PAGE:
By Magdalena M. Baran
The presidential runoff in Poland this Sunday will determine the country’s path for the next five years. To a large extent, it is a choice between forward-looking and backwardness, openness and xenophobia, tolerance and exclusion, civil society and its enemies, European and national perspective, the separation between church and state and parochiality. In some sense, it is a choice between liberalism and conservatism.
Poland’s incumbent president, Andrzej Duda, a nationalist and conservative, topped the first round of the presidential election on June 28 with 43.5%. However, on July 12 he will go up with his liberal challenger, Rafał Trzaskowski, Mayor of Warsaw, who got 30.5% in the first round. Numerous polls suggest that the race is too close to call.
On the last stretch, the most crucial for the candidates seem to be mobilizing the electorate with pro-turnout campaigns and endorsements by nine other candidates from the first round.
The most powerful endorsement may be the one from Szymon Hołownia, a journalist, publicist, celebrity, so-called a citizens’ candidate, who came third in the first round with nearly 14%. On the political spectrum, Hołownia’s voters are closer to those who have voted for Trzaskowski.
Less predictable is how voters of Krzysztof Bosak will vote. Bosak came fourth in the first round (6,8%). Some of them might choose Duda, others Trzaskowski. However, some, those on the far-right political spectrum, might stay at home.
On the other hand, voters of Robert Biedroń (The Left) and some voters of Władysław Kosiniak-Kamysz (Polish People’s Party) are expected to vote for Trzaskowski.
In the last week, it seemed that Trzaskowski is gaining public support. At the same time, Duda has already reached the glass ceiling that supports him and the ruling coalition in Poland (Law and Justice, The Agreement and The United Poland), which goes by The United Right . The overlaying question is whether Duda will lose some of these votes. His staff is playing the old party tricks, which moved the candidate further to the right, as Duda’s campaign spreads hate speech and threaten Poles with LGBT “ideology”, withdrawal of social privileges, “the Germans”, elites and the “hell on Earth” that the liberal candidate may establish if he wins.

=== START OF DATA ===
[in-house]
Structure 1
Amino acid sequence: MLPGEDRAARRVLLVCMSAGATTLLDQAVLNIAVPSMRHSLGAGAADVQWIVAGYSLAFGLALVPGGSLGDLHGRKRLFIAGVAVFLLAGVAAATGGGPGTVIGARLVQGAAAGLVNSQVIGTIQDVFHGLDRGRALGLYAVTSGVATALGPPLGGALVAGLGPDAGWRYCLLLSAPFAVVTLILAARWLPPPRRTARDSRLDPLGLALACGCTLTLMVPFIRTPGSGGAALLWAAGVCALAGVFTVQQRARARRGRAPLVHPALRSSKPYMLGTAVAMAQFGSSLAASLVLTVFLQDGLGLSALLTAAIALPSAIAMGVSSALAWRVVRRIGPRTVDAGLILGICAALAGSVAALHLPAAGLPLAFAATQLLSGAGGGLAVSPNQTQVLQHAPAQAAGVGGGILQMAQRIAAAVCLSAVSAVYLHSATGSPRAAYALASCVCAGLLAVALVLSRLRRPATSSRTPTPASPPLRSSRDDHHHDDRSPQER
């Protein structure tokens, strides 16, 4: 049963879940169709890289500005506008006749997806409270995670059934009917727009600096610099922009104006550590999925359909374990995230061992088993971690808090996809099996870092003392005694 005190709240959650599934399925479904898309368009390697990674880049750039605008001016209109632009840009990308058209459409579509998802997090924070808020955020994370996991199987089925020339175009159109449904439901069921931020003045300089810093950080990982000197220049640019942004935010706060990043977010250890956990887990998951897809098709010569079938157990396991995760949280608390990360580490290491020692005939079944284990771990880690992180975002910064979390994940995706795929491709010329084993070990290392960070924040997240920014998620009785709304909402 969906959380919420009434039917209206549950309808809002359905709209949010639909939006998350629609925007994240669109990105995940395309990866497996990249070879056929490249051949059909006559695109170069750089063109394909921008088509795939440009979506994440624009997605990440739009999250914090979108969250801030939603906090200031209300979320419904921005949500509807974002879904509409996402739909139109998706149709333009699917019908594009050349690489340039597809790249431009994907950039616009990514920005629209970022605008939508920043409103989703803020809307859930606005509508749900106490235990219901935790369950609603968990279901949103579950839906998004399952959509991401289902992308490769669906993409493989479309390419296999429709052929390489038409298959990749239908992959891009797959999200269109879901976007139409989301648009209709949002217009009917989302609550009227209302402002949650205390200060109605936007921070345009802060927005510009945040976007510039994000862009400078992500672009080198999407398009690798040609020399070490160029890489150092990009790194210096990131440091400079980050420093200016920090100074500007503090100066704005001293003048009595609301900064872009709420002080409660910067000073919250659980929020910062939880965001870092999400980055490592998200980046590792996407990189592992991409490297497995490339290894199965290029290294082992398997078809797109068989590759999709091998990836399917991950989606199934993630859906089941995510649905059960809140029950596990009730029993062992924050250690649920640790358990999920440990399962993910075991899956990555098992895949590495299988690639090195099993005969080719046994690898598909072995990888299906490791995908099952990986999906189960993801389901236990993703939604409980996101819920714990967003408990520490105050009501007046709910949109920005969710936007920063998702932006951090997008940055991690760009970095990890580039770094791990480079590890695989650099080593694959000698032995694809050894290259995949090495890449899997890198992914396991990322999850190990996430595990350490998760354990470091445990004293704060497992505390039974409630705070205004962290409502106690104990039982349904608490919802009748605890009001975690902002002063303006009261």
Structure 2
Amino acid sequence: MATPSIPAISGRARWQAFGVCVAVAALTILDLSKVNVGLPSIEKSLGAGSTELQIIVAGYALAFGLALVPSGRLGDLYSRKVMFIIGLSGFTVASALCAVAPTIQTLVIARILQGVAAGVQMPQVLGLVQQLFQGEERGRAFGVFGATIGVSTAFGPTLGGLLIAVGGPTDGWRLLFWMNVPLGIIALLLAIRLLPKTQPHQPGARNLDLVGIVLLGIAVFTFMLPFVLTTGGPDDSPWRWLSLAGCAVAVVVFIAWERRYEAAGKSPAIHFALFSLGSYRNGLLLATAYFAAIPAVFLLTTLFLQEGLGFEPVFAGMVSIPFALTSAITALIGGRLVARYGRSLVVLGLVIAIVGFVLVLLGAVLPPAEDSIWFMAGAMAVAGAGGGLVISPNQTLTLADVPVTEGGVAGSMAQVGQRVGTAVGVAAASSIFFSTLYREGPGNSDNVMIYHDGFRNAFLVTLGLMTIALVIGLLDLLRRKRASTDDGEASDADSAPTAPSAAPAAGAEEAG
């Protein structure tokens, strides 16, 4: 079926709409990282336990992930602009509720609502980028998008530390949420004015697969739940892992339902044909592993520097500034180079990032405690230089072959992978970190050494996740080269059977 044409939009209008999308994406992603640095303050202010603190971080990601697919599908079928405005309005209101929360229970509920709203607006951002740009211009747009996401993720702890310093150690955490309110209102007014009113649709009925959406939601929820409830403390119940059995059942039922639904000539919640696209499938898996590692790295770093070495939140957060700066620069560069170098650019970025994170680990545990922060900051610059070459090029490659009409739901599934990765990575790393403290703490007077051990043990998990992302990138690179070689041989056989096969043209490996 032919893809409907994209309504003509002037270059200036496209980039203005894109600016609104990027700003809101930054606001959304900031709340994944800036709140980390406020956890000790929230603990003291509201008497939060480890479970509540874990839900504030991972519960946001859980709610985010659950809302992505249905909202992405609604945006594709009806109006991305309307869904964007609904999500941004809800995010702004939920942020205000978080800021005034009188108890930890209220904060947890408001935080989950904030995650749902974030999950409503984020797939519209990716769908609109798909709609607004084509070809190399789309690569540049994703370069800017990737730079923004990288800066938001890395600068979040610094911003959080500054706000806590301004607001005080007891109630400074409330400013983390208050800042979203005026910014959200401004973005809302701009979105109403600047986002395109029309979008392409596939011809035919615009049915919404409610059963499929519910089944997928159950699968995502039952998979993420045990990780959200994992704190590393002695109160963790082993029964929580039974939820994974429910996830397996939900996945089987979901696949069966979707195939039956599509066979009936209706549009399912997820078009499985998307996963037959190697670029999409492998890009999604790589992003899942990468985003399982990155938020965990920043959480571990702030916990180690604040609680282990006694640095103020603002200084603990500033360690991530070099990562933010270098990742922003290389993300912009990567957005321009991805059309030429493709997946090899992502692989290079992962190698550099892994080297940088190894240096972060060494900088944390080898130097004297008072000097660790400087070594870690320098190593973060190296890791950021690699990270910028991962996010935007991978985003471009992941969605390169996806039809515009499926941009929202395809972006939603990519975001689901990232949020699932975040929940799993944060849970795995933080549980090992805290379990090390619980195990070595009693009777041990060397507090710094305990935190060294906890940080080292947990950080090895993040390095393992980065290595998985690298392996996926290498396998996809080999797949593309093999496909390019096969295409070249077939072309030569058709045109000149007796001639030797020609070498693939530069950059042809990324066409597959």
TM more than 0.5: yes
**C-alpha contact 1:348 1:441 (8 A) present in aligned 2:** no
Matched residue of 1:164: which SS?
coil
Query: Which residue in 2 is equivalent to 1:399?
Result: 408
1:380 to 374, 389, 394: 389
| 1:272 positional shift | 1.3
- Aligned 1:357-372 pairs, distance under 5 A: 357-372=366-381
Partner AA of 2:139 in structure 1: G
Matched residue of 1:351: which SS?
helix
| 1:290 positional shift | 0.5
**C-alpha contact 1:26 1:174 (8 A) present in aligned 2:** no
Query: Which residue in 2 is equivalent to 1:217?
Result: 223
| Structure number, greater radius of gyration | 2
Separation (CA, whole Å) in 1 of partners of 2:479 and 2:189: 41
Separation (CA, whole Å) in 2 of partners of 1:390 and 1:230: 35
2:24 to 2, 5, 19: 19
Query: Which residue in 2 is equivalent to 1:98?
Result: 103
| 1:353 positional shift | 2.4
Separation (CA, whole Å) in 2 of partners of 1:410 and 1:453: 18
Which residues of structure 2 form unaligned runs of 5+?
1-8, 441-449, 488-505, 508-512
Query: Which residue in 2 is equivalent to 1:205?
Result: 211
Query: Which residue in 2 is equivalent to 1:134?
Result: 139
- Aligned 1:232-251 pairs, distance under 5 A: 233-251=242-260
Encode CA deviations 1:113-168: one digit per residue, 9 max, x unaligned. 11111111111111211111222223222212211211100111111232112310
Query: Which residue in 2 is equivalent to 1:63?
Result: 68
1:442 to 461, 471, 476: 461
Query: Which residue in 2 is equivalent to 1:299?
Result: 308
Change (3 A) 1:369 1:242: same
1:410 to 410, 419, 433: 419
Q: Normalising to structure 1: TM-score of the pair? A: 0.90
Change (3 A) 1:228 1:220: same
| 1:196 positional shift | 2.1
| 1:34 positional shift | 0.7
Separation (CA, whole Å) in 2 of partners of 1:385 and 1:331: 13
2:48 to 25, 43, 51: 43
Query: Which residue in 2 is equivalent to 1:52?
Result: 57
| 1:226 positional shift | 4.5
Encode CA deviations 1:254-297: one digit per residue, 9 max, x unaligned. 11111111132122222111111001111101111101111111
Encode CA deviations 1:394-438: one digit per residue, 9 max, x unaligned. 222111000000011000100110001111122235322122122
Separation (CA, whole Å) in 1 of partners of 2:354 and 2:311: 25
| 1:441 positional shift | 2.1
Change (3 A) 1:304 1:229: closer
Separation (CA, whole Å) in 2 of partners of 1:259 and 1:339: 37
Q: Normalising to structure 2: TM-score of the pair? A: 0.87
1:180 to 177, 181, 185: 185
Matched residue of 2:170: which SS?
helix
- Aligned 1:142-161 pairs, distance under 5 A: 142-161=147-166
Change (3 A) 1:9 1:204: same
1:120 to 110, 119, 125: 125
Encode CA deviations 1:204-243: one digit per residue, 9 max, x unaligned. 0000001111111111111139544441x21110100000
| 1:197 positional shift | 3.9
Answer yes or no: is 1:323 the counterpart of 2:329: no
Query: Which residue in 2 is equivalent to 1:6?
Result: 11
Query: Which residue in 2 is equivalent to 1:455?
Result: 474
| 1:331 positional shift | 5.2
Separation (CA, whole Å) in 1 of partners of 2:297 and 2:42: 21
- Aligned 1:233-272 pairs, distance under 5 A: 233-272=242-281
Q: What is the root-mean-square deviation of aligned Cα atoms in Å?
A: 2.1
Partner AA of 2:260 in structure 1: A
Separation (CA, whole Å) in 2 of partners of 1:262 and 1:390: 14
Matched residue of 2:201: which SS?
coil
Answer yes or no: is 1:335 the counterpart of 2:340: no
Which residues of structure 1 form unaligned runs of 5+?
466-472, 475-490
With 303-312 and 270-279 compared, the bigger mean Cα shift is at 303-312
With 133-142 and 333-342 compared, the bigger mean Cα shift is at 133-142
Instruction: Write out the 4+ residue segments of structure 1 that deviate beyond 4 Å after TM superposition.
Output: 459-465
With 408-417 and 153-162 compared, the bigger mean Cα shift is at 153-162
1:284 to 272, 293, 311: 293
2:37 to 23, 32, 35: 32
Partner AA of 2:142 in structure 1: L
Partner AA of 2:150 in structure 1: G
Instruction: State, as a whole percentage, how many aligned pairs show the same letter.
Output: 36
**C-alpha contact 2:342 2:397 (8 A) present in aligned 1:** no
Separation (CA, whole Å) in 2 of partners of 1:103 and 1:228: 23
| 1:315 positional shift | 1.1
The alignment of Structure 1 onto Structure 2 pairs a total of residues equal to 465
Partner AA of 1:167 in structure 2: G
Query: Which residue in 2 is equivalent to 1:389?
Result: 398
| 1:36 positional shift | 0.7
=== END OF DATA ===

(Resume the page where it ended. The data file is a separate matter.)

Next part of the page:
On the other hand, Trzaskowski signed a tolerance declaration, called for an inclusive society, and vowed to stop further erosion of judicial independence under Law and Justice. Further, Trzaskowski promises, among others, a minimum tax-free wage, creation of local infrastructure development centers, protection of minority rights, and not to touch the social privileges introduced by the current government. He also signed 21 demands of The Green regarding energy transformation, nature protection, animal protection, etc. However, the ruling camp – mainly through highly politicized national media – is trying to persuade the voters that Trzaskowski simply cannot be trusted.
Duda screams a lot, waves his hands, makes scary expressions, appears angry. He proclaims his defense of the family, sovereignty, and recently even protection against vaccination. He screams about national pride, which applies to all of his ideas. The current president is also supported by minister Mateusz Morawiecki, praising Duda’s virtues and public engagement. However, Duda loses popularity because of his wife’s silence, refusal to appear in open the debate with Trzaskowski, and other inexplicable acts, such as the recently revealed presidential pardon of a man convicted of pedophilia.
The conservative-liberal choice is ahead of Poles. The divide is deep, both between the candidates and the population. The ballot on Sunday will reveal on which side it swings.
Magdalena M. Baran is deputy editor-in-chief of Liberté! Monthly and assistant professor of political philosophy at the Pedagogical University of Cracow, Poland.
The article is syndicated by 4Liberty.eu Network.